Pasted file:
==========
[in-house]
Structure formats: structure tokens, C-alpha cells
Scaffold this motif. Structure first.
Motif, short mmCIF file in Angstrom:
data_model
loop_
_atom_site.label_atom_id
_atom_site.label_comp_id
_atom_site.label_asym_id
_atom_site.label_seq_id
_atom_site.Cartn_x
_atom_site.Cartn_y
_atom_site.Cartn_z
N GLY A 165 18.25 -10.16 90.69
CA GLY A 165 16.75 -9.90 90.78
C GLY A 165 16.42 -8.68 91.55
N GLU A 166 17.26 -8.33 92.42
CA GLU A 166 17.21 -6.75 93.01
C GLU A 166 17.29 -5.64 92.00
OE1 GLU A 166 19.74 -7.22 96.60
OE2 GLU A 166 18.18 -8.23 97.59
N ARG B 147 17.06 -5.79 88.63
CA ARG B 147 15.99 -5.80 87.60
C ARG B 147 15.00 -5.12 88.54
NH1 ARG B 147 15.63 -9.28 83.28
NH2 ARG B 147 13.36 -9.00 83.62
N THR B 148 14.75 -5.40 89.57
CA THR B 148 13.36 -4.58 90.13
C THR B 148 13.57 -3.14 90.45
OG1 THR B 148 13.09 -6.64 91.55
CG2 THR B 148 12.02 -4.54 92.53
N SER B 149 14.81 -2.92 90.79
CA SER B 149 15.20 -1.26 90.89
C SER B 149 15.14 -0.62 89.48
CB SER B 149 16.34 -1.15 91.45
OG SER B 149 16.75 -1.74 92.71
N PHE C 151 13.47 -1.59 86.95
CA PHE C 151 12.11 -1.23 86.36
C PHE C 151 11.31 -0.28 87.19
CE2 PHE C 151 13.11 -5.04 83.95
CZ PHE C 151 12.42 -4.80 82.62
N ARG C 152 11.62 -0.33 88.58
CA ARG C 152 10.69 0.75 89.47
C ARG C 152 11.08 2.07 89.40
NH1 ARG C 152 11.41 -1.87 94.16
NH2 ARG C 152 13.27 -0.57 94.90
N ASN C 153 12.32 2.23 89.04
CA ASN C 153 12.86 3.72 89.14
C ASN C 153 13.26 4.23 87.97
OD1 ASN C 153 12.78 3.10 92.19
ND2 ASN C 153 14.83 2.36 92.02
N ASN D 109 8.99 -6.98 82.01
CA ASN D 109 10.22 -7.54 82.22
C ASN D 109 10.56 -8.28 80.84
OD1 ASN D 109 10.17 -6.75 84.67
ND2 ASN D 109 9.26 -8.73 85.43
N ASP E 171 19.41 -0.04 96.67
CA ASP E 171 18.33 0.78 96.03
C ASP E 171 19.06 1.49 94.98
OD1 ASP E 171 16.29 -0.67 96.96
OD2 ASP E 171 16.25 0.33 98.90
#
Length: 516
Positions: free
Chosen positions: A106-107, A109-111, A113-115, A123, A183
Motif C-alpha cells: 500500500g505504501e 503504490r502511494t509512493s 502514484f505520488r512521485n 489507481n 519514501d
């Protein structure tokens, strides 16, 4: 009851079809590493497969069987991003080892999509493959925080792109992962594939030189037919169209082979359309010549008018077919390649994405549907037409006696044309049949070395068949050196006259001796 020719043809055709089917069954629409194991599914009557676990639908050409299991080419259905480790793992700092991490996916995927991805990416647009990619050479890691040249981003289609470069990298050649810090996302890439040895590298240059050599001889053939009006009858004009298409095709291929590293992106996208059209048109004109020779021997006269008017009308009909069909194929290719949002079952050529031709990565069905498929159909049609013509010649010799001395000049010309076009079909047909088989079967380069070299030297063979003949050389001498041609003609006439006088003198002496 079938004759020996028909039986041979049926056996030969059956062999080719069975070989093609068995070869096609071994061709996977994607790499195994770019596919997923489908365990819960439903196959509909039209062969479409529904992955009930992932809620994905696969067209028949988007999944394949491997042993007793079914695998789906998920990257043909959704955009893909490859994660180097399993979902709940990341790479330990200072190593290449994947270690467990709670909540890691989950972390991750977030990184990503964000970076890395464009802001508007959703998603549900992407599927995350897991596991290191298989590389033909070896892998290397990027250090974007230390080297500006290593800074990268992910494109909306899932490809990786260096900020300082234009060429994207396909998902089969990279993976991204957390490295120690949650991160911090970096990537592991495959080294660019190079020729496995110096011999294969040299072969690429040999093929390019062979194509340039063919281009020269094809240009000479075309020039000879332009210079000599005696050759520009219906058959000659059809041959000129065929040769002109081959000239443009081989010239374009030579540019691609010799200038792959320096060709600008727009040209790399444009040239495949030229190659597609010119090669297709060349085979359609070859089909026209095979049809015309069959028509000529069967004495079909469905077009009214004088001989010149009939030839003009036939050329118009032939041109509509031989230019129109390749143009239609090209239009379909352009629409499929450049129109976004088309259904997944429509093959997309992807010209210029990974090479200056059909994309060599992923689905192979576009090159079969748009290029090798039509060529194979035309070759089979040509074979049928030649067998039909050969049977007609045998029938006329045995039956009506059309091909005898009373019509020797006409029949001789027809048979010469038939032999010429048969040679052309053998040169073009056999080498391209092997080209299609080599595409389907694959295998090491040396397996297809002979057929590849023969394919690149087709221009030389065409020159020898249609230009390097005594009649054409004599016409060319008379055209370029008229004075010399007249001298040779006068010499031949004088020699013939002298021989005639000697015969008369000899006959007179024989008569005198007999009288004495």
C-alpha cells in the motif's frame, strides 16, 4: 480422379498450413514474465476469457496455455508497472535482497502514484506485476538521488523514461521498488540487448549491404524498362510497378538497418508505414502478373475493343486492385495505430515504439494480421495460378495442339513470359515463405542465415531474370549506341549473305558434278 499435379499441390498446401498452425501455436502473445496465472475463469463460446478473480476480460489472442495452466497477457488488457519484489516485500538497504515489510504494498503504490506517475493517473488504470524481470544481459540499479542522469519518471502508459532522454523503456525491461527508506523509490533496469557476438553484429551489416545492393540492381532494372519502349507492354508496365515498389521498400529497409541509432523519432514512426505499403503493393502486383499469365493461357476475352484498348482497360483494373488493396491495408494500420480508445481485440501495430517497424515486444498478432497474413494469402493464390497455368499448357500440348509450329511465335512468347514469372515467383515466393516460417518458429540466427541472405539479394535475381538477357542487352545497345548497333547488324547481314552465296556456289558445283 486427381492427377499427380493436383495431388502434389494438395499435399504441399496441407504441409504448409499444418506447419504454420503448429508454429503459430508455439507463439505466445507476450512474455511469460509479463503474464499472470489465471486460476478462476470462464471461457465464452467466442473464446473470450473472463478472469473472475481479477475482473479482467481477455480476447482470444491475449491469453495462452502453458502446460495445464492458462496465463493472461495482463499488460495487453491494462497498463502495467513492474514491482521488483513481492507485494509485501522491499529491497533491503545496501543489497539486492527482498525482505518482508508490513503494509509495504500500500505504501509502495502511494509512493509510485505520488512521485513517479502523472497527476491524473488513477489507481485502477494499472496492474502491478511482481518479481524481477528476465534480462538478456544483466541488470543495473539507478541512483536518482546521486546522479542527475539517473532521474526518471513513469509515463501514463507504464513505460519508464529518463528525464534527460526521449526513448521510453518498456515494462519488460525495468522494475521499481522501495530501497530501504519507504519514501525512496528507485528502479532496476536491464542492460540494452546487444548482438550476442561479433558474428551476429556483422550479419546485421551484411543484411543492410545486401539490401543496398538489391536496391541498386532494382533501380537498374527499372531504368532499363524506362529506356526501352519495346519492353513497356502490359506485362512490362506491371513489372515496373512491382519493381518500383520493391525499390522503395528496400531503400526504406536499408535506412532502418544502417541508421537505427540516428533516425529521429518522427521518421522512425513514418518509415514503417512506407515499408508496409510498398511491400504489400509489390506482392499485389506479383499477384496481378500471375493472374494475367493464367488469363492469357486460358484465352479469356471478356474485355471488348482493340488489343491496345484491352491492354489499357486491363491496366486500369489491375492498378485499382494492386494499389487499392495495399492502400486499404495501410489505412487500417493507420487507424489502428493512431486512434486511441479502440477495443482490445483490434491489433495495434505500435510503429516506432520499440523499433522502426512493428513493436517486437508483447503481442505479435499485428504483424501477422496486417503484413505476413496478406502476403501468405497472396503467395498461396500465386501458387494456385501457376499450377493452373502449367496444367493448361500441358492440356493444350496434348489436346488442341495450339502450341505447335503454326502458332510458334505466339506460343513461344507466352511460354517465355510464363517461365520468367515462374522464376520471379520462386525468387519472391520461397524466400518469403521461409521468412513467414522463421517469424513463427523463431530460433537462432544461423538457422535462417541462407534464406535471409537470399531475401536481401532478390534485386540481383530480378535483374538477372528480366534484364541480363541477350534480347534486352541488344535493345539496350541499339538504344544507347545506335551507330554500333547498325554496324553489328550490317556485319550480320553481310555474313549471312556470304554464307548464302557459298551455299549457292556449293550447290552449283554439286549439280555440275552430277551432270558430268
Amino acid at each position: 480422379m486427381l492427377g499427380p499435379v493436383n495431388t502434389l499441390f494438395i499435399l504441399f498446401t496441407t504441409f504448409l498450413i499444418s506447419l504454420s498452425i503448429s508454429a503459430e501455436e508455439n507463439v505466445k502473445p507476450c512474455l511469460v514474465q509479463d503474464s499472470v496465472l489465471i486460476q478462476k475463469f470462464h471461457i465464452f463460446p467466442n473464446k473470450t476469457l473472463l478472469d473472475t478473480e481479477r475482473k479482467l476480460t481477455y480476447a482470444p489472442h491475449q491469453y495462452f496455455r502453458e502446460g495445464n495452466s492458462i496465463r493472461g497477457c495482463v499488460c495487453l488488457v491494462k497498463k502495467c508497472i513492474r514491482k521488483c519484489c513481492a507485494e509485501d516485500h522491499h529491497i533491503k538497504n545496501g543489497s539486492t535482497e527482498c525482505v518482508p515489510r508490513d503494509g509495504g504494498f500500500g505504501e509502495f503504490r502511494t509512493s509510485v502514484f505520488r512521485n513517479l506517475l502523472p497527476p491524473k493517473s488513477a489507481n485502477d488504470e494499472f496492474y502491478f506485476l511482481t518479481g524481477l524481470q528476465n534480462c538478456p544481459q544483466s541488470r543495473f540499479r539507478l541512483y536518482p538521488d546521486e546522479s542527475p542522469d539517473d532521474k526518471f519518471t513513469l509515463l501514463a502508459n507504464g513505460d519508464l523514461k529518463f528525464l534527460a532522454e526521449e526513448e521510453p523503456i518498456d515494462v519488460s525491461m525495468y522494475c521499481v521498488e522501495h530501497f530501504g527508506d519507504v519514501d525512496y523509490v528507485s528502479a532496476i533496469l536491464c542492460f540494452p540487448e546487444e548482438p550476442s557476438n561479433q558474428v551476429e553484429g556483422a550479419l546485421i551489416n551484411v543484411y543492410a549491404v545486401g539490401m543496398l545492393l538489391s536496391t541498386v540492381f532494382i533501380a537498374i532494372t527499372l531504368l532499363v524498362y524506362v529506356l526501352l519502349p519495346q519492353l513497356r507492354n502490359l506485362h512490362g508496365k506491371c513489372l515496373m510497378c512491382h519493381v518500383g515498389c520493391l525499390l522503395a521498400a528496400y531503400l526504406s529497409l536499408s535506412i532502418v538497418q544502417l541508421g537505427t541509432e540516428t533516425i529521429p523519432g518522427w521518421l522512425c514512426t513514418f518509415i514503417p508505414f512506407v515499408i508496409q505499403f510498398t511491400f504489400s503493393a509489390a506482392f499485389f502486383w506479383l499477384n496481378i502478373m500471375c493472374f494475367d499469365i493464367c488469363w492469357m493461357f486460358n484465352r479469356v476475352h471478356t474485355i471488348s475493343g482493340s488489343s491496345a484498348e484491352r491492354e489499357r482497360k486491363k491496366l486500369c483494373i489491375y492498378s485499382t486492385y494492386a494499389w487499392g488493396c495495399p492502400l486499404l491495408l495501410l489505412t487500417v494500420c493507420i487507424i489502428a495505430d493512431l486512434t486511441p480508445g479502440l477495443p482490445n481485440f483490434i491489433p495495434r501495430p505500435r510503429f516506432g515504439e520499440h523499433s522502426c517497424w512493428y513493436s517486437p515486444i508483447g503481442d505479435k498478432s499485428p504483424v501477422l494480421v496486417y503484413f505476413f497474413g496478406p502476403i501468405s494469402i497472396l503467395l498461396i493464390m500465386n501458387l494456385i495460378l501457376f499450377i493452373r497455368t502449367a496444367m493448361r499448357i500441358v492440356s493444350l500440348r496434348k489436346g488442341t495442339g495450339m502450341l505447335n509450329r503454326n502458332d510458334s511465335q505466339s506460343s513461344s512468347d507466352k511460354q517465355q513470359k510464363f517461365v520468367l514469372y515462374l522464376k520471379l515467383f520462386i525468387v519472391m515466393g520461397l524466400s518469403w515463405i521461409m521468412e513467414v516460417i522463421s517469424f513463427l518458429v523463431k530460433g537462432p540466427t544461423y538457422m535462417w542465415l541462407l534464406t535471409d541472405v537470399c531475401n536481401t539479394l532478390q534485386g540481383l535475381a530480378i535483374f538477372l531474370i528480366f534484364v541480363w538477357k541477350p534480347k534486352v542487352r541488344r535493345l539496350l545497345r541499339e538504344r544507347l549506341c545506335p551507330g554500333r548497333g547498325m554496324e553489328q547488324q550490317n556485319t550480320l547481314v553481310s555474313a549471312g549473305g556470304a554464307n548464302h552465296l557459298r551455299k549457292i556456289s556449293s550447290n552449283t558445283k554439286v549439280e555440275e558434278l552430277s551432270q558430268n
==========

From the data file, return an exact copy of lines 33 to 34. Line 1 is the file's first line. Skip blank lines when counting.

CA SER B 149 15.20 -1.26 90.89
C SER B 149 15.14 -0.62 89.48